The Hazards of Expectation Mismanagement

on Thursday, March 22, 2012
One of the fringe benefits of my recent presentation at the opening of the Lamm Jewish Library of Australia was perusing the shelves and finding two more novels by I. J. Singer, author of one of my all-time favourite books, The Brothers Ashkenazi. I had not heard of either book (admittedly I didn't exactly search them out with any particular fervour) and so stumbling across them pretty much made my day. It's been a long while since I've borrowed a book from a library and so I was immediately struck by a crushing sense of urgency - I would need to read them both before the return date lest I rack up the sort of fines I haven't seen since my teenage years. Thankfully, neither Yoshe Kalb nor The Family Carnovsky are Ashkenazi-length bricks. Also, quite fortuitously, I was heading off on a holiday to Tasmania the following day, so I figured I should pack one amongst my paper travel companions and knock it over straight away. I opted for the shorter of the two, Yoshe Kalb.

The novel tells of two rival rabbinic dynasties brought to the brink of civil war thanks to a rather odd character who might be Nahum, the learned but tortured youngster of Nyesheve, or Yoshe the loon of Bialogura, or both. Its recounting of the rising religious tumult set against the backdrop of imminent pogroms made for dense but compelling reading and the novel kept me company for the better part of a day, which happened to include a rather strenuous walk up The Hazards (a minor mountain formation on Coles Bay).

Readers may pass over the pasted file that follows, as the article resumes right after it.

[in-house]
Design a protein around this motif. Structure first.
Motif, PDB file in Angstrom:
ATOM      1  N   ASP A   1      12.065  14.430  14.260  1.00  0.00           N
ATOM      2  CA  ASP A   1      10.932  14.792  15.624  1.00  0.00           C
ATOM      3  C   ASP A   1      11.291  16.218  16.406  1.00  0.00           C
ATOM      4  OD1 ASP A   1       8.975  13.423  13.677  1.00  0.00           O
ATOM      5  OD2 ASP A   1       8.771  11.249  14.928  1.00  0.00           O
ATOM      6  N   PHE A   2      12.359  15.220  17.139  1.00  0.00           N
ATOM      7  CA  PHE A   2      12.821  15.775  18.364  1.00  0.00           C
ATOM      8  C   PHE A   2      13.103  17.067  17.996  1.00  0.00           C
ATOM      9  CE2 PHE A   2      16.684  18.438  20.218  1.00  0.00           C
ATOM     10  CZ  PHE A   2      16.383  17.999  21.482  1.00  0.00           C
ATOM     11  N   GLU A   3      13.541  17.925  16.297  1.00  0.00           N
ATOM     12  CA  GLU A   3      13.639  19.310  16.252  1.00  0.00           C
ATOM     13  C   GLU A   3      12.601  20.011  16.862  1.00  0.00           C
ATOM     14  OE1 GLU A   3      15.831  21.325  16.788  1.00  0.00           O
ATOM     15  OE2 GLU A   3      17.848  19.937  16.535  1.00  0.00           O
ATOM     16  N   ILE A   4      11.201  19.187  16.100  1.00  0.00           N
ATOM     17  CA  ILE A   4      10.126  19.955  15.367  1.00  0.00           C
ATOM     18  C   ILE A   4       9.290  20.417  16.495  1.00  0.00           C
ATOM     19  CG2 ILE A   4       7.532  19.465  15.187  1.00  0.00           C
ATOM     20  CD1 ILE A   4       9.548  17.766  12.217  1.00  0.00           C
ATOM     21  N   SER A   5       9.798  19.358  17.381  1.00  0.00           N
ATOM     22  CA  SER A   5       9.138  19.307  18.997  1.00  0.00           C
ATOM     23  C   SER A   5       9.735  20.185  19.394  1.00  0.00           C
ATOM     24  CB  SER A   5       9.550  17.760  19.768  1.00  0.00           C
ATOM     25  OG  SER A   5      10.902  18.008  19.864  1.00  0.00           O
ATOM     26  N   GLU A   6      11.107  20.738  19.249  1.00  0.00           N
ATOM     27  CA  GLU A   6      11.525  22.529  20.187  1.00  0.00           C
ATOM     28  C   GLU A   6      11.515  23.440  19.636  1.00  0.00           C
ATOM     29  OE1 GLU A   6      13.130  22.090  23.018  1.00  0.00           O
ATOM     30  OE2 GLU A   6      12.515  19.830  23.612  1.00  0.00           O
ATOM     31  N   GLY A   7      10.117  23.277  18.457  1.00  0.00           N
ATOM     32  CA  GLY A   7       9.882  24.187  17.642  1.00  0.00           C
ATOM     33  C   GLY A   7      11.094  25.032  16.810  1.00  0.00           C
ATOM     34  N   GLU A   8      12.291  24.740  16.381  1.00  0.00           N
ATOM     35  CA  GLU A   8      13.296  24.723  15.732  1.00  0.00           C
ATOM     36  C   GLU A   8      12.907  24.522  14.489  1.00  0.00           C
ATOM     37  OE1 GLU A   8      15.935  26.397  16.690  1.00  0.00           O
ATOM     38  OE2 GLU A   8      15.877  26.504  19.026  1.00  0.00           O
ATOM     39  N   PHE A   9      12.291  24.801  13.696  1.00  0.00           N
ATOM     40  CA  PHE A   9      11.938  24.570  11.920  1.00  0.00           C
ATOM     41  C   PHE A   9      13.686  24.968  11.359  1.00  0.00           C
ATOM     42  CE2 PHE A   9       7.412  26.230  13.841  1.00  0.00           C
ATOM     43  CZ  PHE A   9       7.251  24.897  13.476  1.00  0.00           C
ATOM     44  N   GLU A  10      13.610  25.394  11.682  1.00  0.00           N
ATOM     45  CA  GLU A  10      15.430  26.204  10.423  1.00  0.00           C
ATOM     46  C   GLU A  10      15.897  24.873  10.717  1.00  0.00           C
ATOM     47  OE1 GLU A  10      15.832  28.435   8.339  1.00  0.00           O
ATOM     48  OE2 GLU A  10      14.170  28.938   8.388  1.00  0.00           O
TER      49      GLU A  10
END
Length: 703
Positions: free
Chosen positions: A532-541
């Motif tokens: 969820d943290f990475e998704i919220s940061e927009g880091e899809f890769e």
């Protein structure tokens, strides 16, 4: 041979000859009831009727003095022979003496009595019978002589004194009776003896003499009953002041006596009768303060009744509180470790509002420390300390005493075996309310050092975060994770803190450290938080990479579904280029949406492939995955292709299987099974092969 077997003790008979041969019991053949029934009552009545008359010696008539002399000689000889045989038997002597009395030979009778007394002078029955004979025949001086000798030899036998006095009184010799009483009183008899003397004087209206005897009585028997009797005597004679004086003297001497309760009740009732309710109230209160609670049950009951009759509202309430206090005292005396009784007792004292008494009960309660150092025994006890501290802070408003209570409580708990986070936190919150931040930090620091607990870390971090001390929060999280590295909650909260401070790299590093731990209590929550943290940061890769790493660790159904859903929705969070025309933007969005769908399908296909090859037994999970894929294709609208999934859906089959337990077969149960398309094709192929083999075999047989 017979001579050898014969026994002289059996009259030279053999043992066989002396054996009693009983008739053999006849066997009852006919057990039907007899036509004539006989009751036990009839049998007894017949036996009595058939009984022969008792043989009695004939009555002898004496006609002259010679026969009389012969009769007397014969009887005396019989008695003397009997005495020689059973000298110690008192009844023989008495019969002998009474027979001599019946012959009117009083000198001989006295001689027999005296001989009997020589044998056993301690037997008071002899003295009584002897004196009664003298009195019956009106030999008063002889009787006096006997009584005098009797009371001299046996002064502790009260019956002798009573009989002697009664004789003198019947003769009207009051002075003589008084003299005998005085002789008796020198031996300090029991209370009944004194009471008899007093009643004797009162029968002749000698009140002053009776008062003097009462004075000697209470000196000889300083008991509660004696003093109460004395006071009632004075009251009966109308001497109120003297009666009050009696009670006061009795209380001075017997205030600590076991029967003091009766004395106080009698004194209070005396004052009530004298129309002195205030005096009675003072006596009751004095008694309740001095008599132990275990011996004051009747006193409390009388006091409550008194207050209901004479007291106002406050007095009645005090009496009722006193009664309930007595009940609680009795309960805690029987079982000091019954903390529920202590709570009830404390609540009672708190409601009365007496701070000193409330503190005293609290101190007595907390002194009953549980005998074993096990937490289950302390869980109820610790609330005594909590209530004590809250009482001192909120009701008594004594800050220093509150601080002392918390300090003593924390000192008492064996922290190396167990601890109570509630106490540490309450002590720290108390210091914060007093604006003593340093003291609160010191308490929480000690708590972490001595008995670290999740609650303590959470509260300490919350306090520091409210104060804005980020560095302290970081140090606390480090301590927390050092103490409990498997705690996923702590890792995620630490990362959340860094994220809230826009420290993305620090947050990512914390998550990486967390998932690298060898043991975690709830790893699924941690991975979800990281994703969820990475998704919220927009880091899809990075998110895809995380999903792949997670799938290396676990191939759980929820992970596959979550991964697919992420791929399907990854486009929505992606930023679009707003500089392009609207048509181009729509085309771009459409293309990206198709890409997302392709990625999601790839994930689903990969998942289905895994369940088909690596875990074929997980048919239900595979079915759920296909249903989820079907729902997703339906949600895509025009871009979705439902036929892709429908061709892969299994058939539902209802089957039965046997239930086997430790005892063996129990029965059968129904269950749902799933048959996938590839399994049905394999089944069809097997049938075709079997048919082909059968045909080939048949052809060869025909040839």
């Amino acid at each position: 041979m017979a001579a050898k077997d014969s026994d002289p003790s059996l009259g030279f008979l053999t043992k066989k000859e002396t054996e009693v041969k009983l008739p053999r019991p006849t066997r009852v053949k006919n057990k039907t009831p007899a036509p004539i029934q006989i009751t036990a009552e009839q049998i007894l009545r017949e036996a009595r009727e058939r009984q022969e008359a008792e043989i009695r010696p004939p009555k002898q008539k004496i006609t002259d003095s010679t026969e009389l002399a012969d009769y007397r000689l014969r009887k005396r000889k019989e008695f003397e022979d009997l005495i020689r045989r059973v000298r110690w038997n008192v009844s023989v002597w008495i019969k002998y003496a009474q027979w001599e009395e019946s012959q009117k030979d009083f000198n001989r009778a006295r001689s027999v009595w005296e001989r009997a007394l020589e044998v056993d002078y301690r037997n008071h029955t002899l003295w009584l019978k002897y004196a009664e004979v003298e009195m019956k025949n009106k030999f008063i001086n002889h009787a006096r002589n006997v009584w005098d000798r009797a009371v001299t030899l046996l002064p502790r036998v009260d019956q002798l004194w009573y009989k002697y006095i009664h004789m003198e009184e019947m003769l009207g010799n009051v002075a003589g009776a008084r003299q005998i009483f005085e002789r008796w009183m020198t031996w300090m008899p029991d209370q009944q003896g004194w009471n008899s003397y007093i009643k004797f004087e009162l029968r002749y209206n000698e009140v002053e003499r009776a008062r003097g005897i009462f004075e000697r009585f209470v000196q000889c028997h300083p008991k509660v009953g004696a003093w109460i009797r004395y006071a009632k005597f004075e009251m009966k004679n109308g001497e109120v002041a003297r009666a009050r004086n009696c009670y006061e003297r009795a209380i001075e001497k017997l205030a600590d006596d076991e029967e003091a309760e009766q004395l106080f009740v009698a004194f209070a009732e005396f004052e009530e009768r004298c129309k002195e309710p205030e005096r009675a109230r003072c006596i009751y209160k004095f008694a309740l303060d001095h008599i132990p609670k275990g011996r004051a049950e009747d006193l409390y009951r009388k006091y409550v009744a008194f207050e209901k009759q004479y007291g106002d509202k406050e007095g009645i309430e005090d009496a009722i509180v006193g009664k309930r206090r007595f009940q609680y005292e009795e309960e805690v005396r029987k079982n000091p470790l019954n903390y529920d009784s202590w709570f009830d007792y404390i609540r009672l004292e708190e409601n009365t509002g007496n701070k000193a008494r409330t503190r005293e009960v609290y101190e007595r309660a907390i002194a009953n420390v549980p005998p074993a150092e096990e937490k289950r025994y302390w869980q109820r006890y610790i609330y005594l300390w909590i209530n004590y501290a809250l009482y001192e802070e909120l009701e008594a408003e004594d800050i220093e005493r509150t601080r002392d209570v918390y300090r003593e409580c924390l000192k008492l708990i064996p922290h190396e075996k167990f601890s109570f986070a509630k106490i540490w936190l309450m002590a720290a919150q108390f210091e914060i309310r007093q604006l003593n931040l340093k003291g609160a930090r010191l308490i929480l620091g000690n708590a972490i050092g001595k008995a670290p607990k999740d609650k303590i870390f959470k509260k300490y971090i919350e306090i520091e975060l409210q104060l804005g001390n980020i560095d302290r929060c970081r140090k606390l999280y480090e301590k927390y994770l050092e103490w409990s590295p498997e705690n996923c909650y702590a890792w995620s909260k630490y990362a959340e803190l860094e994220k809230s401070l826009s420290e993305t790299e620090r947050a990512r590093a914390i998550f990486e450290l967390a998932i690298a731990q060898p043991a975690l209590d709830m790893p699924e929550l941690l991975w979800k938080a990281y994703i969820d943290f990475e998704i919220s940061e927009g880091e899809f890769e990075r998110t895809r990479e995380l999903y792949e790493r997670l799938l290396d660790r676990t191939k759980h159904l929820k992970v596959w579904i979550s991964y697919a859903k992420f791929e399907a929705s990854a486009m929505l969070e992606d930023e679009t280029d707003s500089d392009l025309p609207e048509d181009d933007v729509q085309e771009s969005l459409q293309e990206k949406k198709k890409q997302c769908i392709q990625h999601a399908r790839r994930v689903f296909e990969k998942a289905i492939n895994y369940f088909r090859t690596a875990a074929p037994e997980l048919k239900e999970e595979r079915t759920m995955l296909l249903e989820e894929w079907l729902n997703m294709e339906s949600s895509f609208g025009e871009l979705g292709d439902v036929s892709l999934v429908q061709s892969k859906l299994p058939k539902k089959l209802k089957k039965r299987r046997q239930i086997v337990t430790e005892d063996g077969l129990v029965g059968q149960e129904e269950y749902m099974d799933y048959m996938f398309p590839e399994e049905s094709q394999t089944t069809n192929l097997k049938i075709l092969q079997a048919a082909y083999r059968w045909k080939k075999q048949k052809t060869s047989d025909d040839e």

Much to my dismay, Yoshe Kalb was not The Brothers Ashkenazi. In fact it wasn't even a cousin Ashkenazi. Woe is me. Looking back, Yoshe Kalb could not have possibly lived up to the expectations I had built for it. After finishing Singer's larger masterpiece and resigning myself to never finding another word written by 'the better brother', I was so overjoyed at finding these two books that nothing short of a miracle could have caused me to read them objectively.

So now I am at a crossroads. Do I read The Family Carnovsky and risk having to eat the words I have long been spouting - including to The Age in my interview after winning the story award - that I. J. towers above his philandering sleazebag of a little brother? More tangentially, should I be as excited as I currently am at having just purchased Satantango, the new novel by Laszlo Krasznohorkai, author of the impossibly dense work of genius, The Melancholy of Resistance? Turns out Satantango's blurb reads almost exactly the same as the synopsis of a novel I had intended to write somewhere down the track, which makes me extremely excited to see it done well (and disappointed that I was beaten to it by someone I greatly admire).

Stuff it. I'm reading Thomas Pletzinger's Funeral For A Dog instead. At least I'm only basing my expectations on its wackily fun cover. And we all know that's the best way to judge any book!


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